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Monday, 8 September 2014

Who's afraid of SQL?

I refer to a blog I have just read which was referenced in today's Code Project email.

There are a few good points here but I'm a little disturbed about the one dimensional view (i.e. from a SQL developer's view) and the style of presentation of a blog which could be extremely useful.

Where to start?

Firstly the implication here is that ALL (non-SQL) developers are scared of SQL. This is like saying all drivers on the road are bad because a few cut you up occasionally. Granted there are bad developers out there (for all sorts of reasons) but there are many who embrace SQL as a useful and powerful tool in the developer's armoury of equipment.

Then there is the implication that ALL SQL developers (yes, they are developers too) get it right all the time. No they don't - just like everyone else, there is good and bad ways of doing things (he states examples of his own).

There is also the frequent use the word 'stupid'. I have often found this type of approach to educating people rather less than helpful. People don't like being called stupid and, in fact, most developers I have met in the 34 years I have been doing this are far from it. They may be entrenched in their ways or even unwilling to learn anything new (sadly all too frequent) but they are not stupid.

Finally there is SQL itself. I use SQL a fair amount on various different platforms. For all its merits in terms of its 'English language' approach, it is far from the perfect tool.

As I write this, I am embarking on an exercise breaking down a tortuous Oracle query into several subcomponents callable from a C# program. In this case (and for process as well as performance), it is more efficient to load the various datasets (4 much simpler queries) into memory and index them internally than it is to retrieve getting on for a million rows of data, much of which is null, and then attempting to resolve the logic required.

I have seen some extremely tortuous and borderline incomprehensible SQL in my time. Sometimes taking the logic and breaking it down into simpler stages procedurally has increased both performance and maintainability of the process.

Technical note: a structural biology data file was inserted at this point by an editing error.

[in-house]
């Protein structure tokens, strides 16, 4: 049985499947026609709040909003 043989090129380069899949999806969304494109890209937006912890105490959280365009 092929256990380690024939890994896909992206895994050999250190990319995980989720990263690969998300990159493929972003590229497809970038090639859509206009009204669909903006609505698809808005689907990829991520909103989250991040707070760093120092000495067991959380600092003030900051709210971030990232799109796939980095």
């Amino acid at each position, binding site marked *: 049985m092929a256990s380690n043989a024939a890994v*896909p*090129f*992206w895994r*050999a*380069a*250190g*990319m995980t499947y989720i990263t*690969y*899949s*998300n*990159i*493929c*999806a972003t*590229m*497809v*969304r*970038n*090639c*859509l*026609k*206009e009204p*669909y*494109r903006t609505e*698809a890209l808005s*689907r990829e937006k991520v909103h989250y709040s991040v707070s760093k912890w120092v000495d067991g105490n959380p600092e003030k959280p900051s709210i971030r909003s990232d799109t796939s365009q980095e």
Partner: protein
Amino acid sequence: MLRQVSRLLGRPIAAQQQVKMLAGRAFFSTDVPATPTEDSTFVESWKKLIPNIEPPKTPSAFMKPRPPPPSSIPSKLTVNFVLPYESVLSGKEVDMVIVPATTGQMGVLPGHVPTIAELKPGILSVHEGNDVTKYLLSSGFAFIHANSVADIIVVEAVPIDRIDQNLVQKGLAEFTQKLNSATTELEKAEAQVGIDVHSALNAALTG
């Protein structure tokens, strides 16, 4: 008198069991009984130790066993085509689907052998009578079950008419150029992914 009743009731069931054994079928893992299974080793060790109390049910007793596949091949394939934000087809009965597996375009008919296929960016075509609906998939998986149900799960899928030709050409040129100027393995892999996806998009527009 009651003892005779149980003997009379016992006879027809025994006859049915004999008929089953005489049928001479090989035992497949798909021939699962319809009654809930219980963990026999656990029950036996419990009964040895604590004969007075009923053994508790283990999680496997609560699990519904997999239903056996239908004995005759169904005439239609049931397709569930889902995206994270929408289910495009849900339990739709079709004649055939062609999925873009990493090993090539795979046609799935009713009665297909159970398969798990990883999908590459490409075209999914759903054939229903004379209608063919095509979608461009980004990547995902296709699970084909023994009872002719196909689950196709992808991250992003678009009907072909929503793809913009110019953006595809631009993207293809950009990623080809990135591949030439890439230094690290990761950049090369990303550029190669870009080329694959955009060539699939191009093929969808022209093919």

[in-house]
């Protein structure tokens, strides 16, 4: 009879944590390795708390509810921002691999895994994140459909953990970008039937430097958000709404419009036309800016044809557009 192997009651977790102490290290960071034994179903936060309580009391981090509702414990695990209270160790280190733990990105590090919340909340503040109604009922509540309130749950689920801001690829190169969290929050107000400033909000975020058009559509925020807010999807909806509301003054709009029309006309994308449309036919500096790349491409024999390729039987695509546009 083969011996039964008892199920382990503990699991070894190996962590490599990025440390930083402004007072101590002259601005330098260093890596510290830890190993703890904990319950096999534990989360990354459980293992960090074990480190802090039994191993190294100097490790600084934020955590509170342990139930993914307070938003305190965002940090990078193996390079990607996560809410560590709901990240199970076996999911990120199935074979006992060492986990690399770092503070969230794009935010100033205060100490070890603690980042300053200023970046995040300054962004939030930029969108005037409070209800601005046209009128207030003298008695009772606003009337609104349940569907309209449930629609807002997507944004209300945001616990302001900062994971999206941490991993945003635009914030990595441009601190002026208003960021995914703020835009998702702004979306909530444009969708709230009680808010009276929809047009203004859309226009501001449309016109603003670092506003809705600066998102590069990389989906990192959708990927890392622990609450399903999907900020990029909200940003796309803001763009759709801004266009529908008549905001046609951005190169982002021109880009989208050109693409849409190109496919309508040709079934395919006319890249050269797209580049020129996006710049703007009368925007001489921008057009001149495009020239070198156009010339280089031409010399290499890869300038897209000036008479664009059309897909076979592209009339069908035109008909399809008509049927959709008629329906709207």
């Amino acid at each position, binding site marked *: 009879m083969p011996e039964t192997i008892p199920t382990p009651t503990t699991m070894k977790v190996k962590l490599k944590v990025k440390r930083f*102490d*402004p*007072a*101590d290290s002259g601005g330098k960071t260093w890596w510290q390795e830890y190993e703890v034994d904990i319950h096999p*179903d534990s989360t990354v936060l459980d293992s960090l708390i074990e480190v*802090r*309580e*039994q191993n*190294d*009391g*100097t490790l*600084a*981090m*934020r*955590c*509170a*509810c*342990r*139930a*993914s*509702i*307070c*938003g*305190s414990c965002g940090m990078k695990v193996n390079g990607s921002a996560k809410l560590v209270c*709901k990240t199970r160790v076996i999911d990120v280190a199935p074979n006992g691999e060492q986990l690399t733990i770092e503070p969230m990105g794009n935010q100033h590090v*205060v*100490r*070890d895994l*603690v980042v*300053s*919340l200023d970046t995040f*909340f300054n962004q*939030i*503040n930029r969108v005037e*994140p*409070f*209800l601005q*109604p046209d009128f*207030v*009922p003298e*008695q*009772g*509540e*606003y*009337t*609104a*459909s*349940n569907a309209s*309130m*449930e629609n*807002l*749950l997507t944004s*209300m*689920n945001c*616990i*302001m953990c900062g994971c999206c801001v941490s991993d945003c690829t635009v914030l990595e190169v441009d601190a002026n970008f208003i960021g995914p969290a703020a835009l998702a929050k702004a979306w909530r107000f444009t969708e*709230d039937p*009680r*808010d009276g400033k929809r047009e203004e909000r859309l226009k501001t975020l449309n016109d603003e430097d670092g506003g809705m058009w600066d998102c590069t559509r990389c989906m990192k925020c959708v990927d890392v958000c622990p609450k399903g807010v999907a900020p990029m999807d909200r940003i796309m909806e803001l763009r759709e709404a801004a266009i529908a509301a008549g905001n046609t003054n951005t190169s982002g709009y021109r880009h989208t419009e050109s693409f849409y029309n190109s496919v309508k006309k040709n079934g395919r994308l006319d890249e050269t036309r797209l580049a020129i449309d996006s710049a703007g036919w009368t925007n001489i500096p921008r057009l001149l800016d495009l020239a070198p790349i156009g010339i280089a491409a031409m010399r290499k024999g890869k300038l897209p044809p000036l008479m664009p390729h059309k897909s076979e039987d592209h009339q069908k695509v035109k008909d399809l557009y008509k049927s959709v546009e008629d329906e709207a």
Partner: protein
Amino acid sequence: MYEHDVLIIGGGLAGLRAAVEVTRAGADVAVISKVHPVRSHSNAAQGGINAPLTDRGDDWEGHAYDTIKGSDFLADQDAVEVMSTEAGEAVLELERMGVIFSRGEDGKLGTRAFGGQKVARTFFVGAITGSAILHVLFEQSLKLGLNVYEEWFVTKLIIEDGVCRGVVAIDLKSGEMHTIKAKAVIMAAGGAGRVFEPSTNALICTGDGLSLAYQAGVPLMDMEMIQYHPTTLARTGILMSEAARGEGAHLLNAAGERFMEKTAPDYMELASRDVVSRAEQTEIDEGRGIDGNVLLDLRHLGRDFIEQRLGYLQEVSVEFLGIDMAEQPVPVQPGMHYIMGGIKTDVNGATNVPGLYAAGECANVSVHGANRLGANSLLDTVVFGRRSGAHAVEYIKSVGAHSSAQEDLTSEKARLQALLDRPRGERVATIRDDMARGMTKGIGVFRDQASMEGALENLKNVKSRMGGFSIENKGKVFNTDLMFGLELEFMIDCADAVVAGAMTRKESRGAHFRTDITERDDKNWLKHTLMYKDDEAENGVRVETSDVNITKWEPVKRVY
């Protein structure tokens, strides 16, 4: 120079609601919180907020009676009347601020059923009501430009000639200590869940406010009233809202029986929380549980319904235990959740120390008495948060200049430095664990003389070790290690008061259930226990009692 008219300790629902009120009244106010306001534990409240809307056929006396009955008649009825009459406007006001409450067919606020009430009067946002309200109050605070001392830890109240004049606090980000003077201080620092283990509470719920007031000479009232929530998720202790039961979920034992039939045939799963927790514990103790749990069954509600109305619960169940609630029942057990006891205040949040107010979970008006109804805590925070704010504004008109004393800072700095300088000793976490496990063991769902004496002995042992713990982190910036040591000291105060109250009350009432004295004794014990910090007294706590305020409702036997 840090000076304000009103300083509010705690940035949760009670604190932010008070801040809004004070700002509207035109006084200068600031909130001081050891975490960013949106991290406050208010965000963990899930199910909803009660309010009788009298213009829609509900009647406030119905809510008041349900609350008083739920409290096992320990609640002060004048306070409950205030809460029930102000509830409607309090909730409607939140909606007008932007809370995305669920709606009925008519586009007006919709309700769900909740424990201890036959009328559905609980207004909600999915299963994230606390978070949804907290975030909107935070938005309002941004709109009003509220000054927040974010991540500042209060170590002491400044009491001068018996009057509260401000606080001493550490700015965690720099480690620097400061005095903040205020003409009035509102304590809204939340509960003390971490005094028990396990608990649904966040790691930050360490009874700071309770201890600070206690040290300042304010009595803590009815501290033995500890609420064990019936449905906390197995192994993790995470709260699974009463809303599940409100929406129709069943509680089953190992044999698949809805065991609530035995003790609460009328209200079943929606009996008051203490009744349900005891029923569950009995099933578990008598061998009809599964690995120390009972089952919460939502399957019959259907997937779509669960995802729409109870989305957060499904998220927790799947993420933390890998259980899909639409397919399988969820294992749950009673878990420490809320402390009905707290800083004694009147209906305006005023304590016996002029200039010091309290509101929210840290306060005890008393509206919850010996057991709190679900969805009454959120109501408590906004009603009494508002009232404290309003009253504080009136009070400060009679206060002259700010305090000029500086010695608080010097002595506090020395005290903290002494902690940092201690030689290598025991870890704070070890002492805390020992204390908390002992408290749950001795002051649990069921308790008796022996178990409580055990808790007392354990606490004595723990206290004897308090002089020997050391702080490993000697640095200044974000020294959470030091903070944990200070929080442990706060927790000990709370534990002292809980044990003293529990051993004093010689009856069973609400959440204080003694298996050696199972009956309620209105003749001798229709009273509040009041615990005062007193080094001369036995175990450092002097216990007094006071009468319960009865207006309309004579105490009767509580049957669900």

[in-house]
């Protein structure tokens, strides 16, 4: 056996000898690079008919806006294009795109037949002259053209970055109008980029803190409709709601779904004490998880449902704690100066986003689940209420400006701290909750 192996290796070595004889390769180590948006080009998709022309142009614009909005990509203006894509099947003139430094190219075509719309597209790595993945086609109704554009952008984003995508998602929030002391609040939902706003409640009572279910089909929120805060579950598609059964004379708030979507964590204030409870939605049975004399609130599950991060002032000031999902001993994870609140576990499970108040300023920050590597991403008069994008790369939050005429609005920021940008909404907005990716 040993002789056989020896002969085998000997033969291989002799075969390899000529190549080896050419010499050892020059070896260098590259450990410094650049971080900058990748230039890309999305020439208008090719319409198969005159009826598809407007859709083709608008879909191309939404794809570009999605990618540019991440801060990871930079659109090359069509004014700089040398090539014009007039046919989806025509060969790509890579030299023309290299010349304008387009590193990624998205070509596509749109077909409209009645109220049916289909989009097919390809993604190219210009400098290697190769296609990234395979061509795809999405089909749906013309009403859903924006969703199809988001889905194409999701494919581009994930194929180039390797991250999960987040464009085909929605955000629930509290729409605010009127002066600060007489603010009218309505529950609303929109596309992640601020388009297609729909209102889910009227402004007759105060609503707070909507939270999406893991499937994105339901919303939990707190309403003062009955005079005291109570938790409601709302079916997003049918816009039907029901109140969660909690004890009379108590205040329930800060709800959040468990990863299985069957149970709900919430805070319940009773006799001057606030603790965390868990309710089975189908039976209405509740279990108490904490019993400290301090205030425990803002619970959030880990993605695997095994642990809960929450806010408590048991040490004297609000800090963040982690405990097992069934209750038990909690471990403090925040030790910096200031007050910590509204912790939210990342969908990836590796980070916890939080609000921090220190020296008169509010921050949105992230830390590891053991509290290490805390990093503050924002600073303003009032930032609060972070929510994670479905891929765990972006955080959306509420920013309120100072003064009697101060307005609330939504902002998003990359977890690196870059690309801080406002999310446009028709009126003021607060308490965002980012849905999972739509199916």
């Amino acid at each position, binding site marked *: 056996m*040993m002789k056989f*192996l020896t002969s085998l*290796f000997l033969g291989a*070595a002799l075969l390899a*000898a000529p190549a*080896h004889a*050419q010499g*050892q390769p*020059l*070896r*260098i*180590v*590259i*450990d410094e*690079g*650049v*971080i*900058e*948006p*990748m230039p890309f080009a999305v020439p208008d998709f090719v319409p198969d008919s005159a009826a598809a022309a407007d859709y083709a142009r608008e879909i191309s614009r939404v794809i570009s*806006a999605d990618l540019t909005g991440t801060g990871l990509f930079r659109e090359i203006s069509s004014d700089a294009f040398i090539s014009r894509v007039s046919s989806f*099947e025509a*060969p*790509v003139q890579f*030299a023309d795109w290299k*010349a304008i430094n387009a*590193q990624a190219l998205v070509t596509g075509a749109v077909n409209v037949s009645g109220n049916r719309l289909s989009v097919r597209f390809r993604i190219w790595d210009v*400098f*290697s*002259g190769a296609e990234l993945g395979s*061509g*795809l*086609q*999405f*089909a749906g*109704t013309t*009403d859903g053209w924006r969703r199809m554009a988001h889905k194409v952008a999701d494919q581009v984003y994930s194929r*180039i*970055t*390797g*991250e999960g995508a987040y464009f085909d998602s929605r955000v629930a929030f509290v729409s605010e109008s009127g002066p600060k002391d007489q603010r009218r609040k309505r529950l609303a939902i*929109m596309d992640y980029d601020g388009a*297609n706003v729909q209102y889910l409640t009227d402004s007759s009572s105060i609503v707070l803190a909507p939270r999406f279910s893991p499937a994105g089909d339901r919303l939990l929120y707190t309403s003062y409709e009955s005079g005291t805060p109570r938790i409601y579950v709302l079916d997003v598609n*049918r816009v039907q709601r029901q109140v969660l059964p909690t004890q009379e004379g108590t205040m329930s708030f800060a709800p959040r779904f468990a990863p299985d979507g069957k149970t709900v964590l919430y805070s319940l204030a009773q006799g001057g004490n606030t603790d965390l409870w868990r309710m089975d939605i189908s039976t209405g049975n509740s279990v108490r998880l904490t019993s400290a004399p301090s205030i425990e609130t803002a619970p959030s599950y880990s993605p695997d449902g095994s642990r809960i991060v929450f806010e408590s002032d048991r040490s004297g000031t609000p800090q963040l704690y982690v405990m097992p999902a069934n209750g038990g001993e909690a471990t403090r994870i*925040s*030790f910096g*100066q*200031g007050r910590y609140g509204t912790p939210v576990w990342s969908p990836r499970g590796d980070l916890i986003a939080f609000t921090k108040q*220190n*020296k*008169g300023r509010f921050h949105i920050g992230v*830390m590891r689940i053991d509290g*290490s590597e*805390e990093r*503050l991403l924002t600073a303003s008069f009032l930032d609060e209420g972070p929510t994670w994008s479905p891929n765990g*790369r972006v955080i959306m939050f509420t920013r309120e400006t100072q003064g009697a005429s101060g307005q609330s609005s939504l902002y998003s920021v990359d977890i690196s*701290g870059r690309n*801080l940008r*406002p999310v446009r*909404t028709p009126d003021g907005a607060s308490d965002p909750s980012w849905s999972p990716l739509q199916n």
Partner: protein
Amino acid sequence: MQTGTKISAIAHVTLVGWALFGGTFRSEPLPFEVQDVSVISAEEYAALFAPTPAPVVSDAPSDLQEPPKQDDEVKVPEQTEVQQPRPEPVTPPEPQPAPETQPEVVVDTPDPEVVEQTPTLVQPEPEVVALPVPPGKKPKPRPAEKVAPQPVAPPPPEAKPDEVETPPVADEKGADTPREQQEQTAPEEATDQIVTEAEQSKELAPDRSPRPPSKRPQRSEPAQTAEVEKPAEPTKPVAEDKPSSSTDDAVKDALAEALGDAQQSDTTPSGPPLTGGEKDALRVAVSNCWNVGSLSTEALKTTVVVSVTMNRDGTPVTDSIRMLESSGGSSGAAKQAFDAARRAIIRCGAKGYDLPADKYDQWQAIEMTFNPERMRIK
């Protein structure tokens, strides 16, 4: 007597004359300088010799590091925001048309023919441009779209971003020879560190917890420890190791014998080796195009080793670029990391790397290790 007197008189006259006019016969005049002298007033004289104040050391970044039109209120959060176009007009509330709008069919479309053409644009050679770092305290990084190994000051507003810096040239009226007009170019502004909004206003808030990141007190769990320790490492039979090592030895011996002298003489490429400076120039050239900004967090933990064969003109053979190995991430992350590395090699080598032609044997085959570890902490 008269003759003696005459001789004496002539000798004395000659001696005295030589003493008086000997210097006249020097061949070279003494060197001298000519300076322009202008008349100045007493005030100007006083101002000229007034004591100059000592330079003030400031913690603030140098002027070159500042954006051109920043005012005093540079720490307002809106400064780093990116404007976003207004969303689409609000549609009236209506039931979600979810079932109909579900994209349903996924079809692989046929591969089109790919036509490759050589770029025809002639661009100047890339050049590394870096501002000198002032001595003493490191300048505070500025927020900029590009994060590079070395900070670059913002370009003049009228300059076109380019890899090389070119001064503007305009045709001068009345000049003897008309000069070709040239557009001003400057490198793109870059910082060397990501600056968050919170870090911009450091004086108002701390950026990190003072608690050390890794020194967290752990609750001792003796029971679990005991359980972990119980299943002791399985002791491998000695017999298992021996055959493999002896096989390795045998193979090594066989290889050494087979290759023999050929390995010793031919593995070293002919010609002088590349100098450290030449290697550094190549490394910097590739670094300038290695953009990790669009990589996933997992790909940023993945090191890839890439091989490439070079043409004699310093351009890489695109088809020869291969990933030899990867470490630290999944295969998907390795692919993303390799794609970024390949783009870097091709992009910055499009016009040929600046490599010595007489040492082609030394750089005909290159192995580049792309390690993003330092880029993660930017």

I am a developer who likes SQL, but it can't cure everything.

Saturday, 29 January 2011

MIDI into Cubase LE

Right, this has been my task for today and I have had some success!

I have an old Roland PMA-5 which I bought in about 1994/5. I have used it a great deal over the years and still find it incredibly useful for jotting down ideas when the inspiration takes me.

My MIDI use in the studio is minimal and I need to address this.

I bought a while ago a ESI ROM I/O Midi adapter.  I never really used it properly when I was using XP and since I upgraded to Windows 7 I haven't used it at all. I was sceptical of finding the drivers for it, but I did at which was a result. I installed them without any hassle.

Once connected the trick was to get the PMA-5 and Cubase talking to each other. I connected the USB end into the PC and the 'Input' lead into the MIDI Out on the PMA-5. Checked that the swicth on the side was set to MIDI and turned it on.

I created a new MIDI project in cubase and set up the receiving and transmission channels. I needed to Change the Transport->Sync Setup dialog to match the new settings, but there were no real problems.

I had trouble recording at first until I found that if you have Sync turned on in the transport bar, it won't record.

I created a Master temp track and set up the  MIDI Update on the PMA-5 to be MIDI. I also plugged in the Output1 lead from the PC into the Input on the unit.

I hit record and away it went sweet as a nut.

Now all I need to do is have some inspiration :-)

Badger Studio

It is thus called because that was the nickname my children gave me when I was going grey in a particular way. It could have been worse, and I quite like badgers so I didn't mind.

I had the building put up about in 2004 by my neighbour Terry Howard who is a smashing guy and also a top builder. The inside has all been done by me, with the exception of the inner double glazed windows, which I had added to reduce sound leakage.

I have slowly been kitting it out and it is now a functioning recording space and rehearsal room. The recording software I use at the moment is Cubase LE. For software which is free, it is remarkably good and serves my current needs. However, I will upgrade to the full version at some point when funding permits, but the budget is now small and the wish list gets ever longer.

The PC (yes, not a Mac; I can't afford one) was built by me and is perfectly adequate for the time being. I use an EMU 1212 card utilizing the optical adat inputs from a Behringer Ultragain pro-8 A/D unit in the main studio. Thus I can record 8 tracks simultaneously. I want to increase this to 16, but again I cannot afford the upgrade costs and for the moment 8 is sufficient.

That's it for the moment. I intend to use this blog space to document changes and activity in the studio, but I get bored quickly with doing this kind of thing, so there wont be long essays. If there is anyone who will actually read any of this and have any questions, just ask. If you are the kind who leaves stupid or childish remarks, your parents have my sympathy.